One More Reason Why Obama Might Want to Rethink That ‘Forward’ Slogan

In an issue of the The Chicago Star — the communist Chicago newspaper where Davis was a columnist –about May Day 1948, there’s a curious, almost-full-page quote:

Who the hell is Julia and why am I paying for her whole life?

In the new Barack Obama campaign piece The Life of Julia, voters can “Take a look at how President Obama’s policies help one woman over her lifetime — and how Mitt Romney would change her story.” It is one of the most brazenly statist pieces of campaign literature I can ever remember seeing.

Let’s for the purposes of this post forget the misleading generalizations regarding policy (no one is innocent on that account, obviously). What we are left with is a celebration of a how a woman can live her entire life by leaning on government intervention, dependency and other people’s money rather than their own initiative or hard work. It is, I’d say, brazenly un-American, in the sense that it celebrates a mindset we have — outwardly, at least — shunned.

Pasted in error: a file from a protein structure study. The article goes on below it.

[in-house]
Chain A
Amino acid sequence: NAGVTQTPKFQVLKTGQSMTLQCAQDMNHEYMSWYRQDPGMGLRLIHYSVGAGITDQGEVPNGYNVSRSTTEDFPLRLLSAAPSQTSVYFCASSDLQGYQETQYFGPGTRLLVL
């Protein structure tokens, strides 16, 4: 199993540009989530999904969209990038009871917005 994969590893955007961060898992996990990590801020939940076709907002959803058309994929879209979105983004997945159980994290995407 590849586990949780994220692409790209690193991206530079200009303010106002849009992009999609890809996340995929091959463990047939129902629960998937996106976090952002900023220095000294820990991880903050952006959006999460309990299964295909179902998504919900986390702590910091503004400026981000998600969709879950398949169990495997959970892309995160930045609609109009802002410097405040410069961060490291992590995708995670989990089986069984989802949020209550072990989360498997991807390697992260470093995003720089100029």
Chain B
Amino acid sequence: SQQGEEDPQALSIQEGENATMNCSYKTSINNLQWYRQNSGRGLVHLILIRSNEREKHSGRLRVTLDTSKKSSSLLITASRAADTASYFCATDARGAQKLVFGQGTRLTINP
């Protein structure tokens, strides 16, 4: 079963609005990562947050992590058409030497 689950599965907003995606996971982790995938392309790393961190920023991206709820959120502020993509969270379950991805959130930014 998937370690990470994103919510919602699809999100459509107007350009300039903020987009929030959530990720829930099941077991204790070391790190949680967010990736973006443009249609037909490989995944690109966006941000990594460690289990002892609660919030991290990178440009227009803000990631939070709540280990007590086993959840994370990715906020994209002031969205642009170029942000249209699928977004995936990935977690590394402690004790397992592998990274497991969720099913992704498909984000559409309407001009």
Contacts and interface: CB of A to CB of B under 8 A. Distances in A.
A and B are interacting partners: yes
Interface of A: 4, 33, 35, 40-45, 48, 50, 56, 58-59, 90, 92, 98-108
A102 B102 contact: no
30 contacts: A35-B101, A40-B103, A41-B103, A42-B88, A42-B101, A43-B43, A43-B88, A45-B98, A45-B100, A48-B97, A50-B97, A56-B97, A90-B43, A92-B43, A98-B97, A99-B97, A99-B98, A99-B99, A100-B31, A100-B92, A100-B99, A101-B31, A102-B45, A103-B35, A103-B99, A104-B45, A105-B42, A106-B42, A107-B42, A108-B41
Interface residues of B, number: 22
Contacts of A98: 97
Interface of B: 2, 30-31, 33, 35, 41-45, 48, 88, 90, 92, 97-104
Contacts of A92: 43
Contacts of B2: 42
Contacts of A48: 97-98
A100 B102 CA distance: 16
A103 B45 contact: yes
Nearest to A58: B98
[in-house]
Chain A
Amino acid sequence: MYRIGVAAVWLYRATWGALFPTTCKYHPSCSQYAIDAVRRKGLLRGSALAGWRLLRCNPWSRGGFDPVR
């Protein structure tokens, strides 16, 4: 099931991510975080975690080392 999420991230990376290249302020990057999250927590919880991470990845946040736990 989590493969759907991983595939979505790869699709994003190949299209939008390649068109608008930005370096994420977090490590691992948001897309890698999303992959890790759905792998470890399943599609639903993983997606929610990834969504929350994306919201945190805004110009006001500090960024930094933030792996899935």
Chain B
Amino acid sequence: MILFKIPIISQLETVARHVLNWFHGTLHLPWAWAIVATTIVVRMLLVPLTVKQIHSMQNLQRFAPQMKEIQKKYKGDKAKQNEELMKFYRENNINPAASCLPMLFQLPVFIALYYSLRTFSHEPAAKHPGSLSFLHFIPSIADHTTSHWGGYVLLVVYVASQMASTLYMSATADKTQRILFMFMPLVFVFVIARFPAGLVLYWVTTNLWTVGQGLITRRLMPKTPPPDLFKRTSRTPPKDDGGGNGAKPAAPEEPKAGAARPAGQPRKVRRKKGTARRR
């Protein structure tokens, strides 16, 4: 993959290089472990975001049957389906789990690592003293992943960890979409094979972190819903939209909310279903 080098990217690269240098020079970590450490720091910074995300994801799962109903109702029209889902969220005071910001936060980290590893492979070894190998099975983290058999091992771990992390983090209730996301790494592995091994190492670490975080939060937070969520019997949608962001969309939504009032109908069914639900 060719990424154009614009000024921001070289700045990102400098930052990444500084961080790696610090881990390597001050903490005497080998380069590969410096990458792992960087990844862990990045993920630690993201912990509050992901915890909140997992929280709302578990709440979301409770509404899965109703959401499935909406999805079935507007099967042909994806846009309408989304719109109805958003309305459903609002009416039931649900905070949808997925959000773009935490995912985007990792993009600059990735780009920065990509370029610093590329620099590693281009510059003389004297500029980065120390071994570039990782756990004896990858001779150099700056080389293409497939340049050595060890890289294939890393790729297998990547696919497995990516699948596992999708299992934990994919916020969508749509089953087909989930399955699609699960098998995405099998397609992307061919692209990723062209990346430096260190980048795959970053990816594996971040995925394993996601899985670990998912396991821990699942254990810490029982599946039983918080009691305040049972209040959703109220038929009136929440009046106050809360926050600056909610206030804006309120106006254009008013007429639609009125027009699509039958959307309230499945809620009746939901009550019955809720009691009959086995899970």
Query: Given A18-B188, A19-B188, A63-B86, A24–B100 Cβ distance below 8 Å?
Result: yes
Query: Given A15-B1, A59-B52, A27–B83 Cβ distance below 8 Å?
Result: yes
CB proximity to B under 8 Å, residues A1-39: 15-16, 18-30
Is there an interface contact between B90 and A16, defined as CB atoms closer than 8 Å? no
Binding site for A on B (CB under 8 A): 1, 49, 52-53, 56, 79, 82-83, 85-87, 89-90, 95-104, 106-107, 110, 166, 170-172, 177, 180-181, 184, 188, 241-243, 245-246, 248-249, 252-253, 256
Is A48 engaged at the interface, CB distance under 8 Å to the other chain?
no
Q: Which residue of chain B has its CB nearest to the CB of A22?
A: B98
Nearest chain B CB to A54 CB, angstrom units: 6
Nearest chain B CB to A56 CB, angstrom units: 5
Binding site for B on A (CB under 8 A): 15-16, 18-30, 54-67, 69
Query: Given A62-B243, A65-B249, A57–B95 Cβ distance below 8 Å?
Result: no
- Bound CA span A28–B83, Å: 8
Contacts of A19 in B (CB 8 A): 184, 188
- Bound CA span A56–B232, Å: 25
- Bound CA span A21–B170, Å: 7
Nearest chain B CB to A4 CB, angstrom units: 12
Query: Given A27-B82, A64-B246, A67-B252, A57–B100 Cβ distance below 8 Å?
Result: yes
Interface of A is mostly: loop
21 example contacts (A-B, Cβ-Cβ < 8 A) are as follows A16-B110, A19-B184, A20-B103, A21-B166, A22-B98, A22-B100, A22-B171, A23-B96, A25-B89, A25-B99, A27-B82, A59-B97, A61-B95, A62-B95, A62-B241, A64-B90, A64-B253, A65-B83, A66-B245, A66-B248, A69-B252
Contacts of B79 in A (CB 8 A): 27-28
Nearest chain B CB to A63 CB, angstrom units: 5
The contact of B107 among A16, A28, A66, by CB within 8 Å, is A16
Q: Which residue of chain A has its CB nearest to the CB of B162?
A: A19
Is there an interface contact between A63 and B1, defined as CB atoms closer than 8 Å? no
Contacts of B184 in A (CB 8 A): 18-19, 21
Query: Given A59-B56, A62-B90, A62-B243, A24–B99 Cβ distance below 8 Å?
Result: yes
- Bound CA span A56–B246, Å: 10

It is also a mindset that women should find offensively patronizing. When they’re old enough, I hope my two daughters will find the notion that their success hinges on the president’s views on college-loan interest rates preposterous. Yet, according to the “Life of Julia,” women are helpless without the guiding hand of Barack Obama.

Julia can enroll in a Head Start program to help get her ready for school. Because of steps President Obama has taken to improve the program … Julia can take the SATs because she was trained by the useless “Race to the Top” program, yes, implemented by President Obama … During college, Julia undergoes surgery, which is thankfully covered by her insurance due to parents’ coverage until she turns 26 … thanks to Obama.

Julia works as a full-time web designer, and thanks to Obamacare, her health insurance is required to cover birth control and preventive care, “letting Julia focus on her work rather than worry about her health…”

…because children are bad for your health, obviously.

And so on and so forth.

Read more here.

Contempt